Updated: Jun 29
Finding The Right Trainer for You
In the first 2 parts of this series, we discussed how to find an educated and experienced dog trainer. For the third and final installment of this series, let's discuss how to find an ethical dog trainer.
We have already covered how important education and experience are, but one could argue that neither of those really matters if the trainer you choose does not share your ethics and values when it comes to training and handling your dog. This is a very personal process and will differ for everyone, so for now I've decided to share some personal stories from my dog training journey.
As a young adult, I had a very large dog of a breed that some people believe needs a "heavy hand". Let's call her Sadie. I took Sadie to a trainer who insisted that she needed to wear a prong collar, even though I wasn't totally comfortable with it. Hearing the same message from the trainer, as well as Sadie's breeder and multiple pet store employees, I used the prong collar because I truly believed that I had to.
If I knew then what I know now, I would have stood up for myself and my dog and not used the prong collar. I would have stopped attending those classes immediately. Unfortunately, I didn't leave soon enough and the training we did caused issues I never would have expected as no one warned me of the risks involved. Eventually I decided to hire a different trainer, and it turned out she used positive reinforcement methods. I noticed improvements right away and was so happy to finally have progress with our training! Naively, I did go back to tell the previous trainer about my success with positive methods and using other tools as I thought they would share my excitement that they did not need to use the prong collar after all. It was then that I learned not all trainers share the same ethics and values.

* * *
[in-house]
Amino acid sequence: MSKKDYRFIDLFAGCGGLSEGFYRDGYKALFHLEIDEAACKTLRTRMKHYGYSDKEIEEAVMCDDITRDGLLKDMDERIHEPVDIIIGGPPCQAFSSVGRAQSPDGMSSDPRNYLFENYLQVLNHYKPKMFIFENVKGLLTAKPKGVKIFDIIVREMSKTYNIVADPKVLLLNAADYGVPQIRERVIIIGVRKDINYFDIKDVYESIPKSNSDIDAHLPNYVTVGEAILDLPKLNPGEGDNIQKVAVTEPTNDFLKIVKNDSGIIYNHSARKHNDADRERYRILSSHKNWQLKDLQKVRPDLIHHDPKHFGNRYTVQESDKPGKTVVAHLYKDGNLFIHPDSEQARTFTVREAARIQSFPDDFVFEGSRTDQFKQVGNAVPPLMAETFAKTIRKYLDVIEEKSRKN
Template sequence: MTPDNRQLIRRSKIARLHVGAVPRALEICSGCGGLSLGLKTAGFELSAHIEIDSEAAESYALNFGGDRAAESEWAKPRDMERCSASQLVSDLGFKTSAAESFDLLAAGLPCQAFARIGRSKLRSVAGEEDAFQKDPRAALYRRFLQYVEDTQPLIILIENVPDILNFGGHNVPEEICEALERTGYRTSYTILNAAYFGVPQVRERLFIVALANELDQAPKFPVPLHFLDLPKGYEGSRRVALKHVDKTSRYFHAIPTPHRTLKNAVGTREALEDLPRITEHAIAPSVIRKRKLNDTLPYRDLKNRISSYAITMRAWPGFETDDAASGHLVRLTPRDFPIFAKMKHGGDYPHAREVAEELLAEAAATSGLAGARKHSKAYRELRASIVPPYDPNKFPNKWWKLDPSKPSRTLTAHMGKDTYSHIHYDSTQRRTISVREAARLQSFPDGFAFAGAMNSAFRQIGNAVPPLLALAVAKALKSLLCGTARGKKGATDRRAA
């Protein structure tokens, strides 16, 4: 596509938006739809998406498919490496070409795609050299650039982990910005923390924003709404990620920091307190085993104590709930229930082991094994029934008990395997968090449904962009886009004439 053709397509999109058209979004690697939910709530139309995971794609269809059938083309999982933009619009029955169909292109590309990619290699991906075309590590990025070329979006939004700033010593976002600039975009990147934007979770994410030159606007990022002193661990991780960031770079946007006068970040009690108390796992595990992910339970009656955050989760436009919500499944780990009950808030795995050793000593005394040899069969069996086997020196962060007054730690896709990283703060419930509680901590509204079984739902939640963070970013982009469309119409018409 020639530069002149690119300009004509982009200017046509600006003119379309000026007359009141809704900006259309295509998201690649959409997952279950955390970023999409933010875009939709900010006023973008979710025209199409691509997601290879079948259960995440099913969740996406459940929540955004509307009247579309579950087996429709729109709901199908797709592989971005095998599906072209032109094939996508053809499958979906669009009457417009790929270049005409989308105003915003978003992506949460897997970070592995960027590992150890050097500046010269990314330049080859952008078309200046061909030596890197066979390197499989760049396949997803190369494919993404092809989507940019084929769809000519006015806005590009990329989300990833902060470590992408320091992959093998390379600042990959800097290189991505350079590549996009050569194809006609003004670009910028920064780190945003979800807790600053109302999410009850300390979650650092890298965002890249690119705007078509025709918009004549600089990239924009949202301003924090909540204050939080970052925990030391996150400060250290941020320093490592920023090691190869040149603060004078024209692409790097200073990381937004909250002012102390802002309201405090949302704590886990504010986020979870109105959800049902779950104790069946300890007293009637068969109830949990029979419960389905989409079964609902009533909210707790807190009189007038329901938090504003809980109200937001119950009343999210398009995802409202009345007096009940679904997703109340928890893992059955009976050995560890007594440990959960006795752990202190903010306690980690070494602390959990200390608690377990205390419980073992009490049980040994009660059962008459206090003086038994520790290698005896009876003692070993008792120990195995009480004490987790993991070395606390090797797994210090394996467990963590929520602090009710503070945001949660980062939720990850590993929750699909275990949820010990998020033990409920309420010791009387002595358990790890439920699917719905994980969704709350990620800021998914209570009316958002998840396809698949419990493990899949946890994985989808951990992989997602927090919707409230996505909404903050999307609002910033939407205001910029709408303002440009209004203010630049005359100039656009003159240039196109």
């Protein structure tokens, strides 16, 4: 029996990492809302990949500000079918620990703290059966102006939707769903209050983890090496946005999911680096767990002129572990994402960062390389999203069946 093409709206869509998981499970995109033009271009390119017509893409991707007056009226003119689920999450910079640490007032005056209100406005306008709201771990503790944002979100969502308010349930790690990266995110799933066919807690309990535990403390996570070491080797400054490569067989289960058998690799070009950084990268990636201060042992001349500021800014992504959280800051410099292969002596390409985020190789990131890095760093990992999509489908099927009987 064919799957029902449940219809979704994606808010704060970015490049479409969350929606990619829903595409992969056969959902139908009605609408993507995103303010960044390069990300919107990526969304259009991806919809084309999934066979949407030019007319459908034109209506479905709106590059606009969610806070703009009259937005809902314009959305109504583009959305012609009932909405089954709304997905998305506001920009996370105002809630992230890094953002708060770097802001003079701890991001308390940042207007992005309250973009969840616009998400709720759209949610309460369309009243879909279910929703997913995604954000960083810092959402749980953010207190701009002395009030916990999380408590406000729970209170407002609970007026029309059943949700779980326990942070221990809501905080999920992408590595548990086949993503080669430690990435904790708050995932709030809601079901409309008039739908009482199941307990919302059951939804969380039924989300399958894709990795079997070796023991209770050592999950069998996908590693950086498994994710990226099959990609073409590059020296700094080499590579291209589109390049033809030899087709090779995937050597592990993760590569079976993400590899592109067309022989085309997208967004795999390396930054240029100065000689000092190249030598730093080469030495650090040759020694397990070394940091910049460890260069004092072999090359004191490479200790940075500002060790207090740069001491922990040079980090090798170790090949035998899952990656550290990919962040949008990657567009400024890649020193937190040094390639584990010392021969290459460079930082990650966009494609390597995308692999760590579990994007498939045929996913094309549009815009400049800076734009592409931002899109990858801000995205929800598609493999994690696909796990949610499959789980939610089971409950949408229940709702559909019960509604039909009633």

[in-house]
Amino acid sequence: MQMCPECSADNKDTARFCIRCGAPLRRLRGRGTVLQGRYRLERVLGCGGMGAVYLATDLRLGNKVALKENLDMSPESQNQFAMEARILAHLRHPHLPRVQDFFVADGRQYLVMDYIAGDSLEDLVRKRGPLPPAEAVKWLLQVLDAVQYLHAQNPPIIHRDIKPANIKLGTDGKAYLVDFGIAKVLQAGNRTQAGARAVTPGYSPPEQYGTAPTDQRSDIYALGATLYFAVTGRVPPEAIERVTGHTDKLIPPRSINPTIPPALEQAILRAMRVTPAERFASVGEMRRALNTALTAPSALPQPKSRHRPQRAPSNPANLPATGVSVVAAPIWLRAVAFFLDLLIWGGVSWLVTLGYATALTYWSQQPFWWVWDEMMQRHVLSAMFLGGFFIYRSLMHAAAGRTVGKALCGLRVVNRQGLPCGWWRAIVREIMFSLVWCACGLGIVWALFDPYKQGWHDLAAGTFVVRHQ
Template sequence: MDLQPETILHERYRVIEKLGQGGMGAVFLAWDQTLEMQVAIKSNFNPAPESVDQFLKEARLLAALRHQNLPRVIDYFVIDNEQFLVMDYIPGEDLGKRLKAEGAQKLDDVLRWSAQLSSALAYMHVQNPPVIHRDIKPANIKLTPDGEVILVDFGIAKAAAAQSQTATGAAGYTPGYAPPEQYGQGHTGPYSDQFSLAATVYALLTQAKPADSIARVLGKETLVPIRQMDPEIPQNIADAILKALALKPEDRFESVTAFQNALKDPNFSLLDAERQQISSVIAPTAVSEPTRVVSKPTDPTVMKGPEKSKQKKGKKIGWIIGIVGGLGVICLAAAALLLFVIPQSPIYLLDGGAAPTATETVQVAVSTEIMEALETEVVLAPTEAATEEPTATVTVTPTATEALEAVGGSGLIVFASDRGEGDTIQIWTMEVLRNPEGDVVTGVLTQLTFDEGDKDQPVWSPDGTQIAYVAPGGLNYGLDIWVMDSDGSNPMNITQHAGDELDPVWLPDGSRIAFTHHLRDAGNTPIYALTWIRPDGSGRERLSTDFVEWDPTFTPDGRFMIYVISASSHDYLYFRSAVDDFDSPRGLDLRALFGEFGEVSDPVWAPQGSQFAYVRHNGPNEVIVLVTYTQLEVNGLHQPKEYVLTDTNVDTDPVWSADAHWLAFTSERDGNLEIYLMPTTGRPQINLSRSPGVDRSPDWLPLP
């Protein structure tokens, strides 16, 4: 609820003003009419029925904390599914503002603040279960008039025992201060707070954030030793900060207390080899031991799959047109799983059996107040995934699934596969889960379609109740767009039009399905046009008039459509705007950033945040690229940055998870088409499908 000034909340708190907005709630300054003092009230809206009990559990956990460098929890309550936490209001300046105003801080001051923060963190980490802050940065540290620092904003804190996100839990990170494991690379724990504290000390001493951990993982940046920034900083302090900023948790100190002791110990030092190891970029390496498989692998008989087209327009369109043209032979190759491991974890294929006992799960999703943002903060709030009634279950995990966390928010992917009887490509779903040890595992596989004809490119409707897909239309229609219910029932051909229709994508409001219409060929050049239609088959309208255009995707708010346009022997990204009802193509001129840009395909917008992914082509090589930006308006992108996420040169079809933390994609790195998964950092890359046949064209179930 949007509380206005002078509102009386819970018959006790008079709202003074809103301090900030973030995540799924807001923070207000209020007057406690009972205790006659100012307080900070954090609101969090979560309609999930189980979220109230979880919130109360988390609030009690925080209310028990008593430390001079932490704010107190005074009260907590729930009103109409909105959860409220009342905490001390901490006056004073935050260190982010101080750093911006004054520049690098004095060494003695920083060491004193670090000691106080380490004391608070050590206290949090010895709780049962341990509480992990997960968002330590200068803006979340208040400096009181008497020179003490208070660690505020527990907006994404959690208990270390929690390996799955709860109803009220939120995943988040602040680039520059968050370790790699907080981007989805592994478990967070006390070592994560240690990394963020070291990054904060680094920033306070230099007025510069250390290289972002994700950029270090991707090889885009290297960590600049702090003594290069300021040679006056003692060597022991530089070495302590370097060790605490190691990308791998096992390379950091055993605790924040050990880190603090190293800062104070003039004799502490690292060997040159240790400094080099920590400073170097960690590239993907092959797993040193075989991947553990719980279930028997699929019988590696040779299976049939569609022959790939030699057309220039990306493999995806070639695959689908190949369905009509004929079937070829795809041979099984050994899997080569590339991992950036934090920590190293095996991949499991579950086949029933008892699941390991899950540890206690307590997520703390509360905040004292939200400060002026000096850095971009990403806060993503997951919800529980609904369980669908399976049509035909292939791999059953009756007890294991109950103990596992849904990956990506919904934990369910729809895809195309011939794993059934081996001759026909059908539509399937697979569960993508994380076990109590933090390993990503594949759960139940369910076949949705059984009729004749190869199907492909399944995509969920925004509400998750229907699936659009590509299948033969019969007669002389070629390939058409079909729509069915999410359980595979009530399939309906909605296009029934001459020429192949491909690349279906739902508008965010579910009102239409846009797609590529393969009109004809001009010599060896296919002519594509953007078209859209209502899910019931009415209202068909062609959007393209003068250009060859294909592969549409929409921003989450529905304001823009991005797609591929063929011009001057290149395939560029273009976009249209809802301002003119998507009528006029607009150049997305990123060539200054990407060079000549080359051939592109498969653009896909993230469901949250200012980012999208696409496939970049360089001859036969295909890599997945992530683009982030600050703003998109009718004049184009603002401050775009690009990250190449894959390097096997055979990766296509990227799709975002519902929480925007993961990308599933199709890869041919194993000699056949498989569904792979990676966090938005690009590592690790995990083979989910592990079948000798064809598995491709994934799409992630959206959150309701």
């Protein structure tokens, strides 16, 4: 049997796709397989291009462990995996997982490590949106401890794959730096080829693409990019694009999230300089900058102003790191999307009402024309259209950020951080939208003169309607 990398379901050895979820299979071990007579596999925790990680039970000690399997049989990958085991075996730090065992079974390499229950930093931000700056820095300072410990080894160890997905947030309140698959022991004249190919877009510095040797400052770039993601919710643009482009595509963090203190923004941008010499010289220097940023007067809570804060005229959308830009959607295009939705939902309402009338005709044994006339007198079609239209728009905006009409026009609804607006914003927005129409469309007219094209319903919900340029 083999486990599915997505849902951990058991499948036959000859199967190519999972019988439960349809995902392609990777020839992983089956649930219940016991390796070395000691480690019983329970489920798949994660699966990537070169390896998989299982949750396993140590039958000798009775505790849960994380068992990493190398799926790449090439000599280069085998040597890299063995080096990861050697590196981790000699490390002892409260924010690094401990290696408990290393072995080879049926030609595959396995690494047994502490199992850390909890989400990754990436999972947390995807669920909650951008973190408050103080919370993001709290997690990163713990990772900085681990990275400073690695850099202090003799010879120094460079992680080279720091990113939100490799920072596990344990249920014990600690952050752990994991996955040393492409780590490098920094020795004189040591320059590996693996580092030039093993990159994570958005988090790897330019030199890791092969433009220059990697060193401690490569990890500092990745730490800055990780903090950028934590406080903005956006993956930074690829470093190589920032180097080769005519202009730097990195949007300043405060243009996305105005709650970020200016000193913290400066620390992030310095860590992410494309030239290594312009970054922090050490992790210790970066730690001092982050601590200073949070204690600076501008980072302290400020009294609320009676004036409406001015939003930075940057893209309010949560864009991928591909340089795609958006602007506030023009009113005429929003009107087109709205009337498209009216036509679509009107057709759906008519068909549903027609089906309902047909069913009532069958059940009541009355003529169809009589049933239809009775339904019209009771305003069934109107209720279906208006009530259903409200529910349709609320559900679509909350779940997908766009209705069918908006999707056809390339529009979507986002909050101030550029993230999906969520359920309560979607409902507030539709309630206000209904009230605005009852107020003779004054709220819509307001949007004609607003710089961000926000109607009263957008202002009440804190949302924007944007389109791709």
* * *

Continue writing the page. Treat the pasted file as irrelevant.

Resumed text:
In another instance, I had a dog (let's call him Fluffy) with separation anxiety. The first trainer told me to get a stronger crate, make loud noises when he barked, and over-exercise him on a treadmill to 'cure' the anxiety. Thankfully by this point I knew a bit more and trusted my gut that this didn't feel right. After consulting with another trainer, as well as a separation anxiety specialist, we came up with a plan that was much more comfortable (and kind) for both myself and Fluffy.
It's not easy to share these stories and admit mistakes I have made, but I do it so that others will know it's okay to trust your gut. It's okay to tell a trainer you are not comfortable with their suggestion. It's okay to choose a trainer who is a better fit for you.